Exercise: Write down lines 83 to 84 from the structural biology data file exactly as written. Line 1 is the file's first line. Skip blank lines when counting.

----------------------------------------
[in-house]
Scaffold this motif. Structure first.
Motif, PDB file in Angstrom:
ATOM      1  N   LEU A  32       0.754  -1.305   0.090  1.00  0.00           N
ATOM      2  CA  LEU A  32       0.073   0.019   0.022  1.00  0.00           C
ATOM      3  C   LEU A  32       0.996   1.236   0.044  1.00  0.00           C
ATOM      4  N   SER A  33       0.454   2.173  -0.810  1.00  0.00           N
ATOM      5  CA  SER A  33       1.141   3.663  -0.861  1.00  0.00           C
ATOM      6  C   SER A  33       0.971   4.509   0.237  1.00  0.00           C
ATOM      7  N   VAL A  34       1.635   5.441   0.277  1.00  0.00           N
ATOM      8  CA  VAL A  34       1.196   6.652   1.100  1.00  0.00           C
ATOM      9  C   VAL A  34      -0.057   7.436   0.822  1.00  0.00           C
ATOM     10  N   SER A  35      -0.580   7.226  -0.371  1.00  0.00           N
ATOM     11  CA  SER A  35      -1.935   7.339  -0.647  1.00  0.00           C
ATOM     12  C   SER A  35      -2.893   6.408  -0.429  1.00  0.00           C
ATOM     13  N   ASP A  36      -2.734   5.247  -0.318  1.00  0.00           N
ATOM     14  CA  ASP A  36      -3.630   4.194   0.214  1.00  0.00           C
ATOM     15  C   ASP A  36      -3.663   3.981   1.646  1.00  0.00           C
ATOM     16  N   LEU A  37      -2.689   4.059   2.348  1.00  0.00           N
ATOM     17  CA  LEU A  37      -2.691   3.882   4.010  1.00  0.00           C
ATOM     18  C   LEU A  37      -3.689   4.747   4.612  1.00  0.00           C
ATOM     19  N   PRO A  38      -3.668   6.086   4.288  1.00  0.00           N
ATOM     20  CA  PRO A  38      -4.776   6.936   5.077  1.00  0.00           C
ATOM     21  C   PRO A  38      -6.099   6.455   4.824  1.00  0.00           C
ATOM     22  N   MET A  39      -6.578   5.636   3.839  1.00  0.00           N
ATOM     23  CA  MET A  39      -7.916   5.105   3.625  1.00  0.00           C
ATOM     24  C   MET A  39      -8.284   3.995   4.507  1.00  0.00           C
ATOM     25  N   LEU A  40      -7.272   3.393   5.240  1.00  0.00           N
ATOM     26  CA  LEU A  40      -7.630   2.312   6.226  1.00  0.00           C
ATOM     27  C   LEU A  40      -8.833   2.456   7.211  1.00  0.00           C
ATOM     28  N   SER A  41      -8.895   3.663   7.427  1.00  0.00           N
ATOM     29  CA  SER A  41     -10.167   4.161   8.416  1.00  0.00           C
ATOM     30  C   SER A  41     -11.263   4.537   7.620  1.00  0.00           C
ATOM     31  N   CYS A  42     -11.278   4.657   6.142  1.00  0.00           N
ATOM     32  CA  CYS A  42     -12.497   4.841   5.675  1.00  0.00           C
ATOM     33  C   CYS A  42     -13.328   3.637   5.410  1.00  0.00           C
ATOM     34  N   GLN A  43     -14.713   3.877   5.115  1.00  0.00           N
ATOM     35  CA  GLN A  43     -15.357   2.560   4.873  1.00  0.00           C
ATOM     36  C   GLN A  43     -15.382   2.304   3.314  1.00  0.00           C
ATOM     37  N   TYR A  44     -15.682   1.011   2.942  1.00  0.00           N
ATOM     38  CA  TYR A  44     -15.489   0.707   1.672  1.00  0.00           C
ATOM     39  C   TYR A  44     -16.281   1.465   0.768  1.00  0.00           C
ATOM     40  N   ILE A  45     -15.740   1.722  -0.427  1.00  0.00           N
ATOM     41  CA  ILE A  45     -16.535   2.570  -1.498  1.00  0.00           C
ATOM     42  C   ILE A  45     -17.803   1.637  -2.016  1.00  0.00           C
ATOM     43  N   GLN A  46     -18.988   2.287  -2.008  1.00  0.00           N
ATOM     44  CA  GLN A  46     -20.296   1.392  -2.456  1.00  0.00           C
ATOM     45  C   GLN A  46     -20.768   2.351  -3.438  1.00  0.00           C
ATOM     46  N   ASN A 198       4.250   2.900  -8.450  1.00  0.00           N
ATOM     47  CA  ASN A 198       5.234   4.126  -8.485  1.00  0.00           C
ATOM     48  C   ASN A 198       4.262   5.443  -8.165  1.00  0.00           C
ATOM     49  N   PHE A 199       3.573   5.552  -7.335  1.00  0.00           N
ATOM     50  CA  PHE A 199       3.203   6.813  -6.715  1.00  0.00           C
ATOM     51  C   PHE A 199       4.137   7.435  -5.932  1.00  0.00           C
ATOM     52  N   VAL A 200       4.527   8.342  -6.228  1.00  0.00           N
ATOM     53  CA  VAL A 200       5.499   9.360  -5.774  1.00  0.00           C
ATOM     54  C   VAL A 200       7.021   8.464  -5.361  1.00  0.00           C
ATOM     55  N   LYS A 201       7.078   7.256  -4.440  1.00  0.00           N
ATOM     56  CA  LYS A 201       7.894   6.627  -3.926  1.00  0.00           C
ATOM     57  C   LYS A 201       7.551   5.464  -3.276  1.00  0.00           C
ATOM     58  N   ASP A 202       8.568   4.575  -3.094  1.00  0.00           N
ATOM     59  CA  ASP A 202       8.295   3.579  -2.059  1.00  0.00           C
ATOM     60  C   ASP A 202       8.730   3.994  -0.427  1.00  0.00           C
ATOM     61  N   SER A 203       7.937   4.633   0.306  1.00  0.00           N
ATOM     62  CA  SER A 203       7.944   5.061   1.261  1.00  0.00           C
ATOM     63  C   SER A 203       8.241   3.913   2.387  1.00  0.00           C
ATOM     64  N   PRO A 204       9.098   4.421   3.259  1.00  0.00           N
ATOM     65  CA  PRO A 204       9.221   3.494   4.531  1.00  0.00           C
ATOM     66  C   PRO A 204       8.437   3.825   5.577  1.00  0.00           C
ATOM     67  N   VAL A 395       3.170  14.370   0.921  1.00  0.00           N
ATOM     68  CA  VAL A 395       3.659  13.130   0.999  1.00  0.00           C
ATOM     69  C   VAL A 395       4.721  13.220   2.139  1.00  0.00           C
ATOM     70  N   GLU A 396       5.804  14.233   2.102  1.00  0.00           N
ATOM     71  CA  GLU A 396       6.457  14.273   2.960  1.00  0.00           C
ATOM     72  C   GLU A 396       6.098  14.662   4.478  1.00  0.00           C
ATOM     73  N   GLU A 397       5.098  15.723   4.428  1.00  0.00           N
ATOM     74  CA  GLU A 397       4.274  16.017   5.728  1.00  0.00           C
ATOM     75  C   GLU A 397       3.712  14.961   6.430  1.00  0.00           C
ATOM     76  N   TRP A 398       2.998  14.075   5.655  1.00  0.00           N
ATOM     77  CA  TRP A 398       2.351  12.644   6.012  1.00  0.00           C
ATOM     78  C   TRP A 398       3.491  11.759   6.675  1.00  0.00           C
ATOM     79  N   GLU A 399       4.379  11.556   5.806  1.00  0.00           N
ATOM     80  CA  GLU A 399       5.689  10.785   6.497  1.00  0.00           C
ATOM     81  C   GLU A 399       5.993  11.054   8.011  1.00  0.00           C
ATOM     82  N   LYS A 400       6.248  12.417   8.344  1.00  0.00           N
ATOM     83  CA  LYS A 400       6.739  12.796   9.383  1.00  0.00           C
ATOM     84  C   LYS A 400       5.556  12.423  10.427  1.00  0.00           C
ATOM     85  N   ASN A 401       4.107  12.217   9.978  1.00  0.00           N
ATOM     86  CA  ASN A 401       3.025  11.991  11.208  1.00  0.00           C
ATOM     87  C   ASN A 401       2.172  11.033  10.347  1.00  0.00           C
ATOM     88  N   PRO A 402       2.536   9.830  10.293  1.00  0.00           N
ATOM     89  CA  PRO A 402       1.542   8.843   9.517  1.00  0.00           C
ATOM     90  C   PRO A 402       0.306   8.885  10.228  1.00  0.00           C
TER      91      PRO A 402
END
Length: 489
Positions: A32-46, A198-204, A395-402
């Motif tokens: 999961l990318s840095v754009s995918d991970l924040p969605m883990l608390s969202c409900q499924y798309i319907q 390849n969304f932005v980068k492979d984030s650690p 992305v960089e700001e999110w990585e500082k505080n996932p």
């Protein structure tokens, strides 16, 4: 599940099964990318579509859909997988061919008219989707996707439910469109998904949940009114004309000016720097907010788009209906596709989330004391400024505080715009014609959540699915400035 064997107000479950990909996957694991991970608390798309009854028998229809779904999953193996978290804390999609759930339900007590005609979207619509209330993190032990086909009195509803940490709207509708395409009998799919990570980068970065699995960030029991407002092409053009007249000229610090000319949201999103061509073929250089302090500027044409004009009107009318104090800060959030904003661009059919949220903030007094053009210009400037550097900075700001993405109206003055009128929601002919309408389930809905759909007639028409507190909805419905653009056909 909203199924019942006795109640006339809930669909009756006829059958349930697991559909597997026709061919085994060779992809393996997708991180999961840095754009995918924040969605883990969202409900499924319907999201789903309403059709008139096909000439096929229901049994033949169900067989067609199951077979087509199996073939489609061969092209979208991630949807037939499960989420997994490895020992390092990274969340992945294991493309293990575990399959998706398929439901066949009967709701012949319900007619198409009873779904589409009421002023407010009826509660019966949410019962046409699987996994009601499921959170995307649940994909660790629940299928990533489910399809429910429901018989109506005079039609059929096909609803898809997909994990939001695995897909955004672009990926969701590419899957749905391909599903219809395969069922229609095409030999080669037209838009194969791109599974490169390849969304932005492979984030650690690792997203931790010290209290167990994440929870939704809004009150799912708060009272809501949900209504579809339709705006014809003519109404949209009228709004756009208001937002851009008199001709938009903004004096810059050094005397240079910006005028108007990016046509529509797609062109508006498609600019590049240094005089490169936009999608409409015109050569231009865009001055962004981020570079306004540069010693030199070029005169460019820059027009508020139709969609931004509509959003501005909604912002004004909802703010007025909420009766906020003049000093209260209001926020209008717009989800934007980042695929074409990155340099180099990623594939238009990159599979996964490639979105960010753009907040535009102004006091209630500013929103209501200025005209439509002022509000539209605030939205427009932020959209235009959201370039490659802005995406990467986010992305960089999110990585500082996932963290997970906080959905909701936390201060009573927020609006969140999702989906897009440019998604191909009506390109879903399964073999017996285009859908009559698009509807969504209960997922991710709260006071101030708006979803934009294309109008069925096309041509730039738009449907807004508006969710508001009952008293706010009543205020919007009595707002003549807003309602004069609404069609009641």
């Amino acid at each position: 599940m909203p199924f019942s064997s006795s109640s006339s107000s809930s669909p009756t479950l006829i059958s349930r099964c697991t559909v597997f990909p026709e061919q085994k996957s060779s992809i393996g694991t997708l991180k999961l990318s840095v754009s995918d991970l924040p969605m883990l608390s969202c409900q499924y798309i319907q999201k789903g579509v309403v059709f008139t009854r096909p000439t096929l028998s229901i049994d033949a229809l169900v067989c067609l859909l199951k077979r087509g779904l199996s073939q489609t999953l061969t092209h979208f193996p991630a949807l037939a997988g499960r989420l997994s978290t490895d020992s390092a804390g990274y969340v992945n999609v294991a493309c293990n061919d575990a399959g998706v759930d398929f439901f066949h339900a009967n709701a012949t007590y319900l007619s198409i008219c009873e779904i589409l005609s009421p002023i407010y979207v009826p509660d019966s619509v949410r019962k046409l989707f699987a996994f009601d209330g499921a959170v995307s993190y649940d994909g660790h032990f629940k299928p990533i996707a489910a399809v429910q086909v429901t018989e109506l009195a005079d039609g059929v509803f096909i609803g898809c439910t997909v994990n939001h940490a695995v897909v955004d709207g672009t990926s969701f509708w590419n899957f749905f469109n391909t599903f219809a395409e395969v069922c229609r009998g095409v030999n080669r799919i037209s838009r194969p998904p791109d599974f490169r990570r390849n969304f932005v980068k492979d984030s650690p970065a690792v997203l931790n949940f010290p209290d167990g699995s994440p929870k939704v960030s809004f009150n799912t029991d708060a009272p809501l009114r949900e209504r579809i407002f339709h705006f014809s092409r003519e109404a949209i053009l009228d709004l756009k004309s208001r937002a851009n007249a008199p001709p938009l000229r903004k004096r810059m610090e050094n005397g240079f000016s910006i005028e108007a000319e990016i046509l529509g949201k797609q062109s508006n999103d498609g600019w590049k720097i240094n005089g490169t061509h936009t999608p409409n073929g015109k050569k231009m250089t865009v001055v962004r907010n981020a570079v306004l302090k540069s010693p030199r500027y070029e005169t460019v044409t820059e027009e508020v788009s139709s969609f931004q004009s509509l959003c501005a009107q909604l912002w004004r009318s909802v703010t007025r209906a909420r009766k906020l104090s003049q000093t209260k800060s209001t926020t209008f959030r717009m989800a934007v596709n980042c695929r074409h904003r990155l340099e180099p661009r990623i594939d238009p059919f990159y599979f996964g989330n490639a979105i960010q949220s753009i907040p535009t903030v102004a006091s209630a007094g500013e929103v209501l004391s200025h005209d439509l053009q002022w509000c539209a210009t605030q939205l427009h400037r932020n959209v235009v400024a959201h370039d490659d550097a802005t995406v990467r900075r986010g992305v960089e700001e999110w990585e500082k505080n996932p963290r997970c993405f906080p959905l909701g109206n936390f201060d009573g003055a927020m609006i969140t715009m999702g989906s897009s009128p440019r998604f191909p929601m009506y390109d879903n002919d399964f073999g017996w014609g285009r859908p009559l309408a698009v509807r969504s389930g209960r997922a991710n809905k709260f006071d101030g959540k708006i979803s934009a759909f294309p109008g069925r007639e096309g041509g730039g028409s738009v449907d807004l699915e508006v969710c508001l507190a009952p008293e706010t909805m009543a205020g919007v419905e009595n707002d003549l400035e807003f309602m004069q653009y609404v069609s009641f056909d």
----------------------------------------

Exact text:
ATOM     80  CA  GLU A 399       5.689  10.785   6.497  1.00  0.00           C
ATOM     81  C   GLU A 399       5.993  11.054   8.011  1.00  0.00           C